Kimutaku is back in the coveted Monday 9 p.m. Fuji TV drama slot, which he used to own. SMAP’s enduring heartthrob Takuya Kimura used to play topical professionals — airline pilots, race-car drivers, concert pianists — in his Monday night dramas, but in “Priceless” he does something unexpected. He plays a loser.
Fumio Kindaichi is a division manager whose people skills make him a valuable asset to his Tokyo company. Charming and fun-loving, he makes the most difficult business meeting run smoothly. But when the president dies, his son, Toichiro (Naoto Fujiki), takes over and everything changes. Fumio is accused of leaking confidential information and is fired. He not only loses his job, but also his home.
In episode 2, Fumio comes across enough money to rent a room for a night. Meanwhile, his former colleagues search for evidence that will prove him innocent and restore his honor.
Comedian Koji Kato is the face of TV right now. His conversational skills have earned him gigs on seven regular series; on Saturday nights he goes one-on-one on the talk show “Kokoro Yusabure” (“Shaking Hearts”; Nippon TV, 11 p.m.).
This week’s guest is kyōgen performer Mansai Nomura, who was born in 1966. Nomura explains how kyōgen differs from Western dance forms such as ballet, which stress straight body lines. Kyōgen prefers crooked body lines, since it was derived from an ancient form of martial arts. Nomura often instructs professional kabuki actors, who need to learn proper posture before going on stage. Kato and the studio audience get a lesson in kyōgen deportment.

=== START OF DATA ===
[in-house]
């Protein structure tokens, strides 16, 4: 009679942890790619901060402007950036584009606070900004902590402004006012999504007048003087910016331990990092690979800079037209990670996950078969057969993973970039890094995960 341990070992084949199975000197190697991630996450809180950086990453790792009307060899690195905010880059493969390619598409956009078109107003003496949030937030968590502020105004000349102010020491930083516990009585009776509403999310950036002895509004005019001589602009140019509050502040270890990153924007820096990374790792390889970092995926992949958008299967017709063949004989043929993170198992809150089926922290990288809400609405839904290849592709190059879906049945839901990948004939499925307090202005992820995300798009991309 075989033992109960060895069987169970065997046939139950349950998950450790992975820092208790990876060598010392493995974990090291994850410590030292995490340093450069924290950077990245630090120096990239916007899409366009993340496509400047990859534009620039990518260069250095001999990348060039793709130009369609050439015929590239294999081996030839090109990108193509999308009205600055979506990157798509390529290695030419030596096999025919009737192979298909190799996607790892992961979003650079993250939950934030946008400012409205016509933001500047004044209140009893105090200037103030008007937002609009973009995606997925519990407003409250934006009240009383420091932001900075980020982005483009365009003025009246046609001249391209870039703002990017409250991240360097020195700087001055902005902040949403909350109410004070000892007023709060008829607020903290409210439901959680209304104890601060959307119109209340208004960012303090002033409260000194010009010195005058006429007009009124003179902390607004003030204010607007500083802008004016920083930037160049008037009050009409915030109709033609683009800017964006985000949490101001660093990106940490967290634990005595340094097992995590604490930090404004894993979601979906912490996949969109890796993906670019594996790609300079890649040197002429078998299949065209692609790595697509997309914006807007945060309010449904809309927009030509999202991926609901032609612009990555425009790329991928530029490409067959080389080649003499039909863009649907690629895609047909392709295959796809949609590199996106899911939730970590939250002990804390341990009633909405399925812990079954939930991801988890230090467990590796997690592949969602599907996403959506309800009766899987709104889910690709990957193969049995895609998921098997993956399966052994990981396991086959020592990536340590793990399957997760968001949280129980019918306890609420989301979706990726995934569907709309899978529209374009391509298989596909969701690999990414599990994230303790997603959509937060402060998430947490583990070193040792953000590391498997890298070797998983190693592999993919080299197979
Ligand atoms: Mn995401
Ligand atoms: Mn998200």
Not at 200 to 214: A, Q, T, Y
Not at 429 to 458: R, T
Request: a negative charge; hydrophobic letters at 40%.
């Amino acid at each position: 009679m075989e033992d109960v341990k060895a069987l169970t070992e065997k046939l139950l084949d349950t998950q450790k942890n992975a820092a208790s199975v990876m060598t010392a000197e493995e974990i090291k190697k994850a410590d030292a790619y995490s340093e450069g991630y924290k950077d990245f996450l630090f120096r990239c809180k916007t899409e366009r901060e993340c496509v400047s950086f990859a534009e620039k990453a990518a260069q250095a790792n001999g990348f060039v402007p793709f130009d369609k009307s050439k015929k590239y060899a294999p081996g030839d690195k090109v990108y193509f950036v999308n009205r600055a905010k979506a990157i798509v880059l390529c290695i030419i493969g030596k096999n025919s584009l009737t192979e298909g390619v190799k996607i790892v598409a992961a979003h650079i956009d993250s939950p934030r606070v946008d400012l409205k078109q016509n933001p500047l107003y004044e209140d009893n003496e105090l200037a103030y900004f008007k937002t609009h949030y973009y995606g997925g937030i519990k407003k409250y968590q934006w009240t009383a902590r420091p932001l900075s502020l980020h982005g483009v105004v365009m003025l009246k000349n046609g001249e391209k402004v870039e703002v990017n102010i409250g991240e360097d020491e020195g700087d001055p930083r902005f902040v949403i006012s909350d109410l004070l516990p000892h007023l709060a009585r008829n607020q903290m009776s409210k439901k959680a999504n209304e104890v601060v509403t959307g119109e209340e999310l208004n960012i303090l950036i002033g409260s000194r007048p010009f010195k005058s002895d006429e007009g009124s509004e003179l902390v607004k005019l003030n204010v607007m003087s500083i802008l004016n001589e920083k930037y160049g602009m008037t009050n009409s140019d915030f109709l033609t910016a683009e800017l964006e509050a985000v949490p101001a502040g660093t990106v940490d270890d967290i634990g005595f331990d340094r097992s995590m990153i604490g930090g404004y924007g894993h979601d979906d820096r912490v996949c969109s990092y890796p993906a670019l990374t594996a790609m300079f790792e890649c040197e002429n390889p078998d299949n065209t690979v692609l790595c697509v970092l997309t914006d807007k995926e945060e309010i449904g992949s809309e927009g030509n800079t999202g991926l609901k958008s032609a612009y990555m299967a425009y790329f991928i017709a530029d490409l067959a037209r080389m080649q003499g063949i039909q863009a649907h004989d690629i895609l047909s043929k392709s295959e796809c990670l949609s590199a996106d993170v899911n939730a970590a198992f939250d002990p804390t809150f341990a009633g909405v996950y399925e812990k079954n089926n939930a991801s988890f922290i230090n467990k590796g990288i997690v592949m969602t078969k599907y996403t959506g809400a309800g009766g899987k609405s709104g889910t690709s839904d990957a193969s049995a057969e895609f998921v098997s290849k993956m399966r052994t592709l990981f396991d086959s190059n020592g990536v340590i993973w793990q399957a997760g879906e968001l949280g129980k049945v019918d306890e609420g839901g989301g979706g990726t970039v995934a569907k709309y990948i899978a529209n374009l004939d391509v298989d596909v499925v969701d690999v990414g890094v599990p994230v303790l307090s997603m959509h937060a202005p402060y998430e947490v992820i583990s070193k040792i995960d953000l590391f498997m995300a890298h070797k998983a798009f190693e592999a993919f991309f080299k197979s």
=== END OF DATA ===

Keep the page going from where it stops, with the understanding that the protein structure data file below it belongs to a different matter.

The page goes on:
CM of the week
Coca-Cola: A young, short-haired woman, made up boyishly in torn blue jeans and a gray T-shirt, strums a large electric guitar. It’s clear from the awkward way she holds the instrument that she’s never played one before, and the capable power chords on the soundtrack are probably not hers.
She turns out to be Crystal Takigawa, a sometime newscaster who is more prominent these days as a CM talent. In this case the product is Coca-Cola Zero, a diet soft drink aimed at young women who would like a figure as boyish as Takigawa’s. As she delivers the final flourish the English phrase “wild health” flashes on the screen, though neither word seems to apply.